Some of the largest emerging economies — including India and Mexico — have suffered the most from coronavirus-related lockdowns, highlighting their limited policy options as the pandemic continues and wealthier countries start to consider reimposing restrictions in the face of a second surge in infections.
India’s economy, the world’s fifth-largest, shrank by about a quarter in the three months to June, when Prime Minister Narendra Modi imposed severe curbs on business activity and movement to contain the disease. In the same period, Mexico lost 17 per cent of its output from the first quarter. Peru, whose output contracted by 27 per cent, was hardest hit.
The list may yet get bleaker as more data come in: South Africa is expected on Tuesday to report a sharp fall in gross domestic product of about 13 per cent in the three months to June, the darkest months of the pandemic.
While China, where the pandemic began, and some advanced economies, including the UK, Australia and South Korea, have reintroduced lockdowns at local level and may do so nationally if infection rates rise again, for many poor countries this approach is not an option, say analysts.
“India and South Africa, along with Latin America, have shown that in the main, low-income countries just can’t win against the virus,” said Charles Robertson, chief economist at Renaissance Capital, an emerging market investment bank. “They will have to give up on lockdowns — they just don’t work and they are not worth the economic pain.”
Some economists say there is a chance the worst might be over and that, in a world of low interest rates, governments will be able to borrow their way back to growth. But many underline the risks that some emerging economies are descending into stagnation, a path that would be hard to correct without a globally co-ordinated action.
“Developing countries have been exposed to manifold shocks in a context of anaemic global growth,” said Stephanie Blankenburg, head of debt and development finance at the UN Conference on Trade and Development. “The international response has been extraordinarily hesitant — way too little, way too late.”
There have been exceptions — such as Vietnam, where output barely changed in the second quarter — and analysts have looked to them for lessons.
“One thing that has emerged is a close correlation between economic performance and the stringency of any lockdown and the length of time it was in place,” said William Jackson, chief emerging market economist at consultancy Capital Economics. “India and Peru had very severe lockdowns, while parts of east Asia and central Europe locked down quickly and got the virus under control.”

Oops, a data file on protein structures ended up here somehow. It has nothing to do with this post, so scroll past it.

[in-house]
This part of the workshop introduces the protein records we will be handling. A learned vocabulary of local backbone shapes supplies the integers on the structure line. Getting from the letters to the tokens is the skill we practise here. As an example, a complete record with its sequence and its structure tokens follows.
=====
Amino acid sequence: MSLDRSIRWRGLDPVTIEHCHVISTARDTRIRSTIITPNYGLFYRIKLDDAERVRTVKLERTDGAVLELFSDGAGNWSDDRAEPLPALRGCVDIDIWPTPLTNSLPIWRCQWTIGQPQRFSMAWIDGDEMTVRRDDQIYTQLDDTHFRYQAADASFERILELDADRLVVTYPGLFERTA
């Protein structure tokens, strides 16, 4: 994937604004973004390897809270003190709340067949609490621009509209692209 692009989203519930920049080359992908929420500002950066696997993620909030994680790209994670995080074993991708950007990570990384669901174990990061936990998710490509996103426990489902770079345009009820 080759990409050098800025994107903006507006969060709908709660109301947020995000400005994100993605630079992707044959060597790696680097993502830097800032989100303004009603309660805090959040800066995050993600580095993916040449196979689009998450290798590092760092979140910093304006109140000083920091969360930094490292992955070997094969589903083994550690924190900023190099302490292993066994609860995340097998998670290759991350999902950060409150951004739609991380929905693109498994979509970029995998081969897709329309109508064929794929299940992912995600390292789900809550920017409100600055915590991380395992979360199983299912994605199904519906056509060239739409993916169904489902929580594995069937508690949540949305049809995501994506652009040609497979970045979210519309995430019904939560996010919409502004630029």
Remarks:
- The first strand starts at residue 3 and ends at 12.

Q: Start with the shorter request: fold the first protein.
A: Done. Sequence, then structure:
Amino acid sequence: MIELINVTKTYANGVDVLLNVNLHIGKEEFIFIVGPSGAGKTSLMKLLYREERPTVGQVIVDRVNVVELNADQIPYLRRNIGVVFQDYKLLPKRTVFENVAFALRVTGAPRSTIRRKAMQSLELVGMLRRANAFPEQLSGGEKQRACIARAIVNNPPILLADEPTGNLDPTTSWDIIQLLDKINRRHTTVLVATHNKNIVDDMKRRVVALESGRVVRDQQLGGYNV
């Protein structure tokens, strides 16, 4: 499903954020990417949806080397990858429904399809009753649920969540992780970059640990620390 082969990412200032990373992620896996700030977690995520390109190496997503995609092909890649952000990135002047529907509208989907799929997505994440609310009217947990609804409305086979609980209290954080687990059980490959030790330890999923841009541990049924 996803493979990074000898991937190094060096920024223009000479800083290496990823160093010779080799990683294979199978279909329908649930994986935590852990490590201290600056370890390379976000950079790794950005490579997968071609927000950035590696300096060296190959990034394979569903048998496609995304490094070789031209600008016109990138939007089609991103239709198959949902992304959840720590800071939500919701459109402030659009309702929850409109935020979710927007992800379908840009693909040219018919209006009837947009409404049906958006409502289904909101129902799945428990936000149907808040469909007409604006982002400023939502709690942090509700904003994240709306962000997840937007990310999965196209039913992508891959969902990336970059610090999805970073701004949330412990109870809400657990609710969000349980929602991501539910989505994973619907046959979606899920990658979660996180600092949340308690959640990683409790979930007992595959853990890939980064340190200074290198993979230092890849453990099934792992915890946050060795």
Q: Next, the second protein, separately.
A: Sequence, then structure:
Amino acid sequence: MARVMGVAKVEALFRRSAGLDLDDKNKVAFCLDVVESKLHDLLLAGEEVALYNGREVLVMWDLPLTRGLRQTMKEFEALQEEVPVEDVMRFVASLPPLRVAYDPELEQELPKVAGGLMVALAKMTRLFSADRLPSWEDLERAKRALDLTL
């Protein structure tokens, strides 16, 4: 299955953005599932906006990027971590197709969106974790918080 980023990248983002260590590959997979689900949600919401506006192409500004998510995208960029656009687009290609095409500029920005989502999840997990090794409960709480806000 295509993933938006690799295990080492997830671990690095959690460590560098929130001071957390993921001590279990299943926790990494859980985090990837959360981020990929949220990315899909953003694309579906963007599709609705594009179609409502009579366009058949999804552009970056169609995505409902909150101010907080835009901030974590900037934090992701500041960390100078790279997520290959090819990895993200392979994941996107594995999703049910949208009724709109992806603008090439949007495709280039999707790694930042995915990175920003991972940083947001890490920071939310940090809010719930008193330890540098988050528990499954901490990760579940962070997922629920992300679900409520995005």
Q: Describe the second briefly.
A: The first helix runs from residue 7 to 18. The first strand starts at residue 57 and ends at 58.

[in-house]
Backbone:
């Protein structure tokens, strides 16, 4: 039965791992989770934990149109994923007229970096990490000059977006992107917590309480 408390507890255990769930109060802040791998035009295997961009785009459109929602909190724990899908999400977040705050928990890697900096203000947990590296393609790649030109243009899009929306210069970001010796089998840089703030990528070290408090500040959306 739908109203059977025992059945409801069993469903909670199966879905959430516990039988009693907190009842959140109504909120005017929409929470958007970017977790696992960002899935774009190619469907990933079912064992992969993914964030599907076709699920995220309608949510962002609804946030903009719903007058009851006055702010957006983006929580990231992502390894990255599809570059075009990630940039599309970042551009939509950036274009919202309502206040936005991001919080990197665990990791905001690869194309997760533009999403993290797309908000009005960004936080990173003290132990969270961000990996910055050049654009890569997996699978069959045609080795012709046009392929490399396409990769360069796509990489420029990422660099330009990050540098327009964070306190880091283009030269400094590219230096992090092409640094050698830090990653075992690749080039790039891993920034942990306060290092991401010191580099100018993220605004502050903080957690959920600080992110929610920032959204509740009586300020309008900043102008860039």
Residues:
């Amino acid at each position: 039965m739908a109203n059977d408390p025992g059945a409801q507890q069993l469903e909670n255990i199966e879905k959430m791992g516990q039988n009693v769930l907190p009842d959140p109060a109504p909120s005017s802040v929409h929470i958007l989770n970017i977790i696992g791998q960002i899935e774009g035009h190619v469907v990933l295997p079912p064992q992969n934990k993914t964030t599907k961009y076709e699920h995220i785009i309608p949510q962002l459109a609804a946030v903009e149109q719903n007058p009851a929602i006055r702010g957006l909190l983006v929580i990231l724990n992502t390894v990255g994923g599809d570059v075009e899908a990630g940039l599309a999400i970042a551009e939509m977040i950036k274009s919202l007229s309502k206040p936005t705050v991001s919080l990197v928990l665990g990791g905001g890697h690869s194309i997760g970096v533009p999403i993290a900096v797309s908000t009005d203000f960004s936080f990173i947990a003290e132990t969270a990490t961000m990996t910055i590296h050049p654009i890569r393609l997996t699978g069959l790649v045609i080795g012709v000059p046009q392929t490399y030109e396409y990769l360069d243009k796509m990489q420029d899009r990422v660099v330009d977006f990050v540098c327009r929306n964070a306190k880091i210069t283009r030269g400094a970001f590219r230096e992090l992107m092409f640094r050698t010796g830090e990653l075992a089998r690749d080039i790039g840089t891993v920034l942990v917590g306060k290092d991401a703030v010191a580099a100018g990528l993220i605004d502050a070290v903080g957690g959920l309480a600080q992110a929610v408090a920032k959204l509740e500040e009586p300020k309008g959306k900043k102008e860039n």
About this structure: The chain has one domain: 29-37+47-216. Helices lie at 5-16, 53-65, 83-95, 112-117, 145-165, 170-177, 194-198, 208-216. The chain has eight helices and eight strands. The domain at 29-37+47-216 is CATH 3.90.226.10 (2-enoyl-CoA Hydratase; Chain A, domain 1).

Past experience of dealing with epidemics such as Mers and Sars has helped countries in Asia to respond to coronavirus. Mr Robertson said another possible explanation was high-capacity bureaucracies, able to swing into action to deliver on government demands, a legacy of cold war-era communist governments shared by parts of Asia and central and eastern Europe.
But while the economic damage to former eastern bloc states in Europe has been relatively mild — the Czech Republic and Poland suffered “only” single-digit contractions in the second quarter — those countries may not be over the worst. The Czech Republic and Hungary have recorded sudden rises in infection rates since late August. South Korea, hailed as a model in combating Covid-19, has had fresh outbreaks.
If governments do switch their strategy from containing the virus — and the death toll — to spurring growth, they will be helped by a global environment of low interest rates, say economists.
Ultra-loose monetary policy in the US and other advanced economies has been mirrored in the developing world. Interest rates in Brazil and Russia are at their lowest-ever level. Many emerging market central banks have cut rates to historic lows, while some have embarked on quantitative easing-style bond-buying programmes.
This has driven a boom in bond issuance by governments in the developing world, of about $90bn between April and July. Much of the foreign capital that rushed out of bond and stock markets in emerging economies during the bout of selling in March has since flowed back in, especially to bond markets.
“The point is that market access is there,” said Mr Robertson. “Borrowing costs should be low from here on and the opportunity is there for emerging economies to grow faster than ever in the 2020s on the back of cheap finance.”
However, the amount of support available from markets is not endless, analysts warn. In Brazil, which officially entered recession after a 9.7 per cent quarterly GDP drop in the second quarter, some government officials are toying with the idea of removing the country’s constitutional cap on public spending. Such a decision would deter investors, causing more capital outflows, weighing down on the currency and fuelling a rise in interest rates — a disastrous recipe for any debt-reliant economy.
Robin Brooks, chief economist at the Institute of International Finance, an industry group, said the capacity for fiscal and other policy action across the developing world was much more constrained than in advanced economies.
Foreign cash inflows slowed sharply in August, Mr Brooks said. Growth in emerging markets outside China and India was already trending down to advanced economy levels before the pandemic, he added.
“The real issue is macroeconomic divergence, which is what the IMF and others are supposed to be all about,” he said. “For the international community, this should be a call to action.”
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